When I finished this book, my first thought was that this was the most beautiful book I had ever read!
Frankly, I’m not even sure how to start this post. I’m actually struggling to find the words to describe this book. And, you know it’s good when I HAVE NO WORDS! ME! NO WORDS! What is going on here?!?
<Side note: If you are a fan of The Good Place, I feel like I’m channeling Derek right now, right?>
So back to the book. I don’t think I have ever read a book that encapsulated the idea of kindness better than this one. Every part of this book is engaging and inspiring. That’s why I think everyone should read The House in the Cerulean Sea by TJ Klune.
So, a little world building first: In this world, there are people with magic and ordinary people. Magical children are housed in orphanages all over the country and are maintained and monitored by the Department in Charge of Magical Youth (DICOMY).
Linus Baker (our hero) is a career investigator with DICOMY, known for his fairness, objectiveness, and he has dedicated his life to his career. But his career doesn’t seem to make him happy. He seems stuck in a rut – he lives alone with obnoxious neighbors next door with only a (homicidal*) cat for company. He doesn’t seem to have ever traveled anywhere or done anything that isn’t been related to his job. His only joy seems to be his record player that he listens to every evening. But he dreams. And his one dream: to one day see the ocean.
After so many years with DICOMY, Linus is given an extremely sensitive assignment by the Extremely Upper Management. Linus must travel to the Marsyas Orphanage and inspect the five magical children and their caretaker living there. The kicker? The orphanage is located on a small island in the middle of the sea. Linus cannot believe his luck! He has always wanted to see the ocean and thinks that this will be an adventure. A work adventure to be sure as he still has an inspection to complete, but an adventure nonetheless. So he packs his bags and his cat and starts off. After a long train ride – all the way to the end of the line, a ferry ride across the water, and a short drive, he finally arrives at his destination.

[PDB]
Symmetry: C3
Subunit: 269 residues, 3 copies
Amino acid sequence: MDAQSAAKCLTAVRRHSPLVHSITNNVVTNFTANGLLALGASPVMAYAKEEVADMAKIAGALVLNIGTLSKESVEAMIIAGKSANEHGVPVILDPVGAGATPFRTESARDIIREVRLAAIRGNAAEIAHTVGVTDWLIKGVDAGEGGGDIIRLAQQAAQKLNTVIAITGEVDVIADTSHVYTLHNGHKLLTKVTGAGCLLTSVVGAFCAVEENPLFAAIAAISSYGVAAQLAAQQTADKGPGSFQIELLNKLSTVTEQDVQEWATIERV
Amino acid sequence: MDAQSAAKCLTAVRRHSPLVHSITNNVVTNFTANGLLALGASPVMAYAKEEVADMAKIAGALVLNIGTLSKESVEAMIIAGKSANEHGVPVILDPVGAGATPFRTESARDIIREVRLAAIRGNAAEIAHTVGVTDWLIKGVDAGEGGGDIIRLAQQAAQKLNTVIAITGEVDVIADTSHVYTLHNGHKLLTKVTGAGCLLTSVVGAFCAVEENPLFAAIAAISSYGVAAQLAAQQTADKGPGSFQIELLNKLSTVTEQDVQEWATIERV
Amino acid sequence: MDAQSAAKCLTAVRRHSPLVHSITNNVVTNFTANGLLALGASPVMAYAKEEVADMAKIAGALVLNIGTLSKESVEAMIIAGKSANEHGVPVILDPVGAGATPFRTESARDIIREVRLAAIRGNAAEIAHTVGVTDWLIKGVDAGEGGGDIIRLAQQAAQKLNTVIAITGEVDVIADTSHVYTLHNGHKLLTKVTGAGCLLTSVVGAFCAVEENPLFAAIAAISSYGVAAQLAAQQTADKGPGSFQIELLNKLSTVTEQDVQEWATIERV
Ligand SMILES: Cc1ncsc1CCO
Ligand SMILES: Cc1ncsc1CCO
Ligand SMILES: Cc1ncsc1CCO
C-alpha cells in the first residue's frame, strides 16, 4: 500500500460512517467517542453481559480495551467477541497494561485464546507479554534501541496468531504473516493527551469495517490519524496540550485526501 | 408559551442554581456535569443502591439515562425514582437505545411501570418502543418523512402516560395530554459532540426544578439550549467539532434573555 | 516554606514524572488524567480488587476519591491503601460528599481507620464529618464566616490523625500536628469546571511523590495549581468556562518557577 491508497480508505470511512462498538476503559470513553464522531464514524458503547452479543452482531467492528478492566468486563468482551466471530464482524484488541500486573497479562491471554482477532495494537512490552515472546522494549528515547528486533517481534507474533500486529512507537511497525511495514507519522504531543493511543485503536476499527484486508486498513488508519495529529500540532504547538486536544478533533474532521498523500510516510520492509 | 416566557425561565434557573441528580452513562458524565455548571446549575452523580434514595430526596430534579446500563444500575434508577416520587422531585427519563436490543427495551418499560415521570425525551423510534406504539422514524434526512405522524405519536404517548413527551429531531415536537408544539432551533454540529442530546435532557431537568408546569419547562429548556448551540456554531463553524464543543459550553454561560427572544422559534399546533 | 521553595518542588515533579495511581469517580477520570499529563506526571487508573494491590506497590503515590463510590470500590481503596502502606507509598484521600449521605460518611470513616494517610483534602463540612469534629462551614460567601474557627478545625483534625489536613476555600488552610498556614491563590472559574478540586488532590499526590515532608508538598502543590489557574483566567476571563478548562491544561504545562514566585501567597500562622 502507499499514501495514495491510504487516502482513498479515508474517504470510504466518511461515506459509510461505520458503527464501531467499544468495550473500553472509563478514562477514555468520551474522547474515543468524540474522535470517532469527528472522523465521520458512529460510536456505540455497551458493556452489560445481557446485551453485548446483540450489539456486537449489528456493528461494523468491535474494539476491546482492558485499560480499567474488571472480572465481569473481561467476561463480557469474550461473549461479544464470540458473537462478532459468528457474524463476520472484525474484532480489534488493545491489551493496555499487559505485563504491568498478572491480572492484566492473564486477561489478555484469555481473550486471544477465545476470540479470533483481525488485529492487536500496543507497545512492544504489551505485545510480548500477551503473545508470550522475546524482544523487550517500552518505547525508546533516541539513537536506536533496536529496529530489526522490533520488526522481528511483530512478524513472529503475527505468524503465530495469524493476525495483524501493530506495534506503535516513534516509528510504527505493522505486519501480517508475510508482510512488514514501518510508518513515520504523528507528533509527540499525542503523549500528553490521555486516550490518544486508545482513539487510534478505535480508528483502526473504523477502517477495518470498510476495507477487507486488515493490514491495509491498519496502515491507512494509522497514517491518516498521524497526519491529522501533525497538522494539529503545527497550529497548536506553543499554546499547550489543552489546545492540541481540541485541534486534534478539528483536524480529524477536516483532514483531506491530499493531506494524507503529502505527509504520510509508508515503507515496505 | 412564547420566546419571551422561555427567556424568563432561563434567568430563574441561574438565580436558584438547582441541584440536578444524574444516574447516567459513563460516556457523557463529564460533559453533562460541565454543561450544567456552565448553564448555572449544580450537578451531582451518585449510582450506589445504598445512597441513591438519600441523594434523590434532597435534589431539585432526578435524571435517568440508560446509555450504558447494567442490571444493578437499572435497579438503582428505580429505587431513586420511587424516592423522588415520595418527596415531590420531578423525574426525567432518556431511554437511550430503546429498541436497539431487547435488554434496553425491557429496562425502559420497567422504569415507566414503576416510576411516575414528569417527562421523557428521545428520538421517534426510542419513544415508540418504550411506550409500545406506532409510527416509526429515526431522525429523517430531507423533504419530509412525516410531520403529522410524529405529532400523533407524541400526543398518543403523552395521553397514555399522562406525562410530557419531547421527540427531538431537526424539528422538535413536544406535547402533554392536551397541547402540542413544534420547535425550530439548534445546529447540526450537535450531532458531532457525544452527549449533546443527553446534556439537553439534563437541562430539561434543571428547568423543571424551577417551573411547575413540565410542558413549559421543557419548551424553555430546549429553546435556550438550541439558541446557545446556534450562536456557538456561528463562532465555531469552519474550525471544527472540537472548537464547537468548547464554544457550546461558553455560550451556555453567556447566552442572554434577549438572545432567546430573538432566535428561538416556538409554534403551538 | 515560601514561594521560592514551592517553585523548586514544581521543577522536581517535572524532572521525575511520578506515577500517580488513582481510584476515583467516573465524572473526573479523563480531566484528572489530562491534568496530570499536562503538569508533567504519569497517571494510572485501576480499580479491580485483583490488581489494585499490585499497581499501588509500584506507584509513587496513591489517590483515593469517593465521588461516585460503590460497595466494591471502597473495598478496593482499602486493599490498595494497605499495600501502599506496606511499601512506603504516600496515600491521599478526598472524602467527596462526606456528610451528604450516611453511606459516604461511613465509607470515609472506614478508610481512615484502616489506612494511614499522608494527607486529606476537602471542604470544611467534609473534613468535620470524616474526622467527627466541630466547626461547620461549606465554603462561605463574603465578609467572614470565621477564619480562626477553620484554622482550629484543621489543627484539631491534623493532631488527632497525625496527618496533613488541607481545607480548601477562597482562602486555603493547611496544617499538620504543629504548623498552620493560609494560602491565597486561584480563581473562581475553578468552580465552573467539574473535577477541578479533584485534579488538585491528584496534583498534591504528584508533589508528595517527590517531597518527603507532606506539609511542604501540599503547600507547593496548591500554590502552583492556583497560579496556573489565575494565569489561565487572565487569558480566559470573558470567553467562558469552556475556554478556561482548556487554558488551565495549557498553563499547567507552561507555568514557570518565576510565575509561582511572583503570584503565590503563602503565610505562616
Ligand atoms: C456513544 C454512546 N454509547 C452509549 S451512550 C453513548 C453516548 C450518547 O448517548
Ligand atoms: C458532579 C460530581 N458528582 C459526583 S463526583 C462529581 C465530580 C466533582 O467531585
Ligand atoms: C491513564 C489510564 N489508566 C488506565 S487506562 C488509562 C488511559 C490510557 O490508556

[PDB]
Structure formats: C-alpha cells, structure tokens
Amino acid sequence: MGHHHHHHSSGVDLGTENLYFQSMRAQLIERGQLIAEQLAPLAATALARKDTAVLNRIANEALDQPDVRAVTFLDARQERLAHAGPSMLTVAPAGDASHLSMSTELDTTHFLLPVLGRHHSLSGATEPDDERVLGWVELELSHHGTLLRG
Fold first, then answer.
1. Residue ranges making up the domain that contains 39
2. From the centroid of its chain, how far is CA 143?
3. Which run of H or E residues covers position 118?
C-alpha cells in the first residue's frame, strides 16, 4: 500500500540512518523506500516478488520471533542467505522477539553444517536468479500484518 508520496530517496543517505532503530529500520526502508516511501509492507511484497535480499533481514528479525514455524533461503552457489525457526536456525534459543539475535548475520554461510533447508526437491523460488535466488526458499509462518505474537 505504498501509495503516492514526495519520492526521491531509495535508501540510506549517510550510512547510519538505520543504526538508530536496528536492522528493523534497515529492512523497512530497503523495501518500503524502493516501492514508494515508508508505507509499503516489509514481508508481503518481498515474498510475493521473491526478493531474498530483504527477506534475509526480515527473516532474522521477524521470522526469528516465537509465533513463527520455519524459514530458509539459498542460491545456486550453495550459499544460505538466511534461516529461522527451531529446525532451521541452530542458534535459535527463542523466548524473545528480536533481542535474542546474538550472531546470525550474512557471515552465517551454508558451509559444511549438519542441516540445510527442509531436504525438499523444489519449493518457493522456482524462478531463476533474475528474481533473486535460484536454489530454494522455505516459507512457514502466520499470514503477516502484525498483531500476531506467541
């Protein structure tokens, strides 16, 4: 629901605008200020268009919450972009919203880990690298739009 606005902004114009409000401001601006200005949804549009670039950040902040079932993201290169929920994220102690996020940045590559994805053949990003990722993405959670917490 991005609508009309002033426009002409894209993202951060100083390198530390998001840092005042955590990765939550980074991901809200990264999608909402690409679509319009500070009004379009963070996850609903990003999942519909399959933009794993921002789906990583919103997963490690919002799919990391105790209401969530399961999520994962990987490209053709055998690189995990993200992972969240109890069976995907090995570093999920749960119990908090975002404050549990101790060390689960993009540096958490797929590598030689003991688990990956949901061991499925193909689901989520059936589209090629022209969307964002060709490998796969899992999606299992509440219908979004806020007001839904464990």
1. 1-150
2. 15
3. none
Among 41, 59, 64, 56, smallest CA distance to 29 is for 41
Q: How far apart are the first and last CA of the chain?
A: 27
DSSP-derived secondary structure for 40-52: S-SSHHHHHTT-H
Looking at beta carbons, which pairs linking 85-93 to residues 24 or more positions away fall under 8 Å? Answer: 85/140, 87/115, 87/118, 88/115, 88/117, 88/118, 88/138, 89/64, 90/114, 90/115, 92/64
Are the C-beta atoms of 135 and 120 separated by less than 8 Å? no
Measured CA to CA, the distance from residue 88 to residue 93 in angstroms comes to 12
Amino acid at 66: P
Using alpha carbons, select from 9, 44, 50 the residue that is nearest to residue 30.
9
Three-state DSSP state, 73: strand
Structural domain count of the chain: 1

What he finds isn’t exactly what he expected. He had been warned by DICOMY that these six children aren’t just any magical children – they are the most dangerous of all magical children. They are: Lucy, short for Lucifer – the Antichrist; Phee, a forest sprite; Theodore, a wyvern; Talia, a female gnome; Sal, a were-Pomeranian; and Chauncey, a… well…no one knows exactly what Chauncey is. Their mysterious caretaker is Arthur Parnassus – he treats the children as if they are his own. But what he finds is a group of people full of life with dreams even as they deal with the traumas in their pasts.
Linus thinks he must be vigilant – he must be objective and analytical. He must stay apart from the subjects of his investigation. Day by day, it becomes harder and harder. He starts letting the children and Arthur into his heart. And he begins to worry about DICOMY’s reasons for wanting a detached inspection. He lets himself enjoy his adventures with the children and even convinces Arthur to allow them a short trip into town where all of them face the prejudices of the villagers who despise their existence on the island.